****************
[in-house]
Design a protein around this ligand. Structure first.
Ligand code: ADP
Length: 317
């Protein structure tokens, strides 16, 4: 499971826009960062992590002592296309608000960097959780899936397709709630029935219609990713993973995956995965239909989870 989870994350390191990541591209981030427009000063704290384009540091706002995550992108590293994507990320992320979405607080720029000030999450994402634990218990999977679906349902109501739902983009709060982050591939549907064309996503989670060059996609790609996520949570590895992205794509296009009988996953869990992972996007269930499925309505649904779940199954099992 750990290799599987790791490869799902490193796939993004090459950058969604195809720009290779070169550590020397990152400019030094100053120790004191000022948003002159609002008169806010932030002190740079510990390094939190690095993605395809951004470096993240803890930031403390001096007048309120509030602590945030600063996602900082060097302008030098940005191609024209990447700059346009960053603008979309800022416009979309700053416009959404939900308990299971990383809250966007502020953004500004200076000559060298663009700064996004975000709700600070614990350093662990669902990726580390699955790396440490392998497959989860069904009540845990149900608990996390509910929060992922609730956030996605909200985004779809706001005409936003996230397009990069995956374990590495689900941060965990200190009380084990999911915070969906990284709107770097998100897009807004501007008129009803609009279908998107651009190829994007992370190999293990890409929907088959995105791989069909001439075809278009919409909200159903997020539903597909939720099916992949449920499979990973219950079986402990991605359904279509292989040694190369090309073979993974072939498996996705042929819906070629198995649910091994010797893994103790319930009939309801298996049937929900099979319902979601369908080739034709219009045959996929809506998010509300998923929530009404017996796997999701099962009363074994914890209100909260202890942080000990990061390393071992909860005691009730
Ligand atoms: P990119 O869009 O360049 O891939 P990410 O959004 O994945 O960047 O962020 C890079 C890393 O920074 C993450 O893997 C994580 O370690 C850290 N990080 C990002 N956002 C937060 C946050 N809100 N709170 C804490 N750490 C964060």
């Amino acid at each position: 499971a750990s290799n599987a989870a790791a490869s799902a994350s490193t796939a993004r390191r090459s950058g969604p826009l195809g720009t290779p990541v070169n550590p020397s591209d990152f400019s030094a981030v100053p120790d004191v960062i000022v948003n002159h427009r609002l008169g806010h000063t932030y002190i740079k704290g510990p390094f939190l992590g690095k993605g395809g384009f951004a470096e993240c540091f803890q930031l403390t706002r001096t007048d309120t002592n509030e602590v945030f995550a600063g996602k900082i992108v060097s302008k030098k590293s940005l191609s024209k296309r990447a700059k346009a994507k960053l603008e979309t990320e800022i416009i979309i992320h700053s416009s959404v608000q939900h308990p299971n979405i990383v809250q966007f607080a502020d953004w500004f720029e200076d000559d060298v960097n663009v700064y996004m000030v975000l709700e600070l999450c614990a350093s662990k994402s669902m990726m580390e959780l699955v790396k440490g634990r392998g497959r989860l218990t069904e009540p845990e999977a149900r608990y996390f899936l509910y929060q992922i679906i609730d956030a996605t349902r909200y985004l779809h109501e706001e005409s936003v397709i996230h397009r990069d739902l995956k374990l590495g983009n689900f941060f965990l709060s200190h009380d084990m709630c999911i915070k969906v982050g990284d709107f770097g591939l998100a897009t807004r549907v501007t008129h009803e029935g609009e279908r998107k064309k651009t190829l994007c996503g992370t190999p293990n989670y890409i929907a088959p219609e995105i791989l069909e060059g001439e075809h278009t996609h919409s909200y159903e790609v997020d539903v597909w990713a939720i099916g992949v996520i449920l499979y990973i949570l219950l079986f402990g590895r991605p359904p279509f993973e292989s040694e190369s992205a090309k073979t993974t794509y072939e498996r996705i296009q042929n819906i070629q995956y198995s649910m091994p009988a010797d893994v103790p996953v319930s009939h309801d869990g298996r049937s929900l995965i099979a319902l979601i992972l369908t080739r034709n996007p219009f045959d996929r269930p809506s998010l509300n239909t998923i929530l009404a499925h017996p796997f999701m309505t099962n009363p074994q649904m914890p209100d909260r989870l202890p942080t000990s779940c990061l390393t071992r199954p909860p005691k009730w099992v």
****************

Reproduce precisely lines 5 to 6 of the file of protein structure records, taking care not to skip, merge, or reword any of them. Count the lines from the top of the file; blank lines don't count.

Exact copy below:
């Protein structure tokens, strides 16, 4: 499971826009960062992590002592296309608000960097959780899936397709709630029935219609990713993973995956995965239909989870 989870994350390191990541591209981030427009000063704290384009540091706002995550992108590293994507990320992320979405607080720029000030999450994402634990218990999977679906349902109501739902983009709060982050591939549907064309996503989670060059996609790609996520949570590895992205794509296009009988996953869990992972996007269930499925309505649904779940199954099992 750990290799599987790791490869799902490193796939993004090459950058969604195809720009290779070169550590020397990152400019030094100053120790004191000022948003002159609002008169806010932030002190740079510990390094939190690095993605395809951004470096993240803890930031403390001096007048309120509030602590945030600063996602900082060097302008030098940005191609024209990447700059346009960053603008979309800022416009979309700053416009959404939900308990299971990383809250966007502020953004500004200076000559060298663009700064996004975000709700600070614990350093662990669902990726580390699955790396440490392998497959989860069904009540845990149900608990996390509910929060992922609730956030996605909200985004779809706001005409936003996230397009990069995956374990590495689900941060965990200190009380084990999911915070969906990284709107770097998100897009807004501007008129009803609009279908998107651009190829994007992370190999293990890409929907088959995105791989069909001439075809278009919409909200159903997020539903597909939720099916992949449920499979990973219950079986402990991605359904279509292989040694190369090309073979993974072939498996996705042929819906070629198995649910091994010797893994103790319930009939309801298996049937929900099979319902979601369908080739034709219009045959996929809506998010509300998923929530009404017996796997999701099962009363074994914890209100909260202890942080000990990061390393071992909860005691009730
Ligand atoms: P990119 O869009 O360049 O891939 P990410 O959004 O994945 O960047 O962020 C890079 C890393 O920074 C993450 O893997 C994580 O370690 C850290 N990080 C990002 N956002 C937060 C946050 N809100 N709170 C804490 N750490 C964060």